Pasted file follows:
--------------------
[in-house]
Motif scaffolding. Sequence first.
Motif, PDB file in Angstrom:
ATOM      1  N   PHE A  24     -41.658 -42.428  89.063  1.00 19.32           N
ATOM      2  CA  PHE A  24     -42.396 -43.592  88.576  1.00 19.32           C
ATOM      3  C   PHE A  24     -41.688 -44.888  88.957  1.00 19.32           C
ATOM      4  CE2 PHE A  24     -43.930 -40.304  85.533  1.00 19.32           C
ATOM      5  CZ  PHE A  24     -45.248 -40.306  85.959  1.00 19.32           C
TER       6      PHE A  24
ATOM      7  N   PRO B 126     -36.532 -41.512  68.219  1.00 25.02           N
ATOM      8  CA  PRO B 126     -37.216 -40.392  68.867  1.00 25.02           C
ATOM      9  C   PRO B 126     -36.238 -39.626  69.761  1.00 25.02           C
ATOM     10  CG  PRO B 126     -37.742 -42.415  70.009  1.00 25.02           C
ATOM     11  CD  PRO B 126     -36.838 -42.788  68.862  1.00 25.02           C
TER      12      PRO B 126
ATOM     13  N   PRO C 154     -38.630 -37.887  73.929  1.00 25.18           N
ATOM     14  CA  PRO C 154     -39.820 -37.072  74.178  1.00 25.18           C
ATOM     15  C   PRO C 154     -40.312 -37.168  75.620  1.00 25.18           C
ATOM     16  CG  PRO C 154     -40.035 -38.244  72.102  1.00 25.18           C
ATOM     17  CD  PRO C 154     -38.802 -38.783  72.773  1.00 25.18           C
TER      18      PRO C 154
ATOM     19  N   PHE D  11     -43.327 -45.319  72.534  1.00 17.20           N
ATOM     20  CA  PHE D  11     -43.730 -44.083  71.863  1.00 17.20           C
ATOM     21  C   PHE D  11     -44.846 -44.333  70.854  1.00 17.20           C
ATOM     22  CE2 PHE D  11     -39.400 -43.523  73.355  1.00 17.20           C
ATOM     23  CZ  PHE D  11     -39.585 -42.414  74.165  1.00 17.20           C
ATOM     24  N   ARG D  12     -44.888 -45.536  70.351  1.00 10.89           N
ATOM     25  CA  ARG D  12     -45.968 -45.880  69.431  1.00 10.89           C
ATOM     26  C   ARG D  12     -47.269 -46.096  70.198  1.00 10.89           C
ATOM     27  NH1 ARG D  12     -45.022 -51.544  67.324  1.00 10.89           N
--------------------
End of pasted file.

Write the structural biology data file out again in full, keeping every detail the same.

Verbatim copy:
[in-house]
Motif scaffolding. Sequence first.
Motif, PDB file in Angstrom:
ATOM      1  N   PHE A  24     -41.658 -42.428  89.063  1.00 19.32           N
ATOM      2  CA  PHE A  24     -42.396 -43.592  88.576  1.00 19.32           C
ATOM      3  C   PHE A  24     -41.688 -44.888  88.957  1.00 19.32           C
ATOM      4  CE2 PHE A  24     -43.930 -40.304  85.533  1.00 19.32           C
ATOM      5  CZ  PHE A  24     -45.248 -40.306  85.959  1.00 19.32           C
TER       6      PHE A  24
ATOM      7  N   PRO B 126     -36.532 -41.512  68.219  1.00 25.02           N
ATOM      8  CA  PRO B 126     -37.216 -40.392  68.867  1.00 25.02           C
ATOM      9  C   PRO B 126     -36.238 -39.626  69.761  1.00 25.02           C
ATOM     10  CG  PRO B 126     -37.742 -42.415  70.009  1.00 25.02           C
ATOM     11  CD  PRO B 126     -36.838 -42.788  68.862  1.00 25.02           C
TER      12      PRO B 126
ATOM     13  N   PRO C 154     -38.630 -37.887  73.929  1.00 25.18           N
ATOM     14  CA  PRO C 154     -39.820 -37.072  74.178  1.00 25.18           C
ATOM     15  C   PRO C 154     -40.312 -37.168  75.620  1.00 25.18           C
ATOM     16  CG  PRO C 154     -40.035 -38.244  72.102  1.00 25.18           C
ATOM     17  CD  PRO C 154     -38.802 -38.783  72.773  1.00 25.18           C
TER      18      PRO C 154
ATOM     19  N   PHE D  11     -43.327 -45.319  72.534  1.00 17.20           N
ATOM     20  CA  PHE D  11     -43.730 -44.083  71.863  1.00 17.20           C
ATOM     21  C   PHE D  11     -44.846 -44.333  70.854  1.00 17.20           C
ATOM     22  CE2 PHE D  11     -39.400 -43.523  73.355  1.00 17.20           C
ATOM     23  CZ  PHE D  11     -39.585 -42.414  74.165  1.00 17.20           C
ATOM     24  N   ARG D  12     -44.888 -45.536  70.351  1.00 10.89           N
ATOM     25  CA  ARG D  12     -45.968 -45.880  69.431  1.00 10.89           C
ATOM     26  C   ARG D  12     -47.269 -46.096  70.198  1.00 10.89           C
ATOM     27  NH1 ARG D  12     -45.022 -51.544  67.324  1.00 10.89           N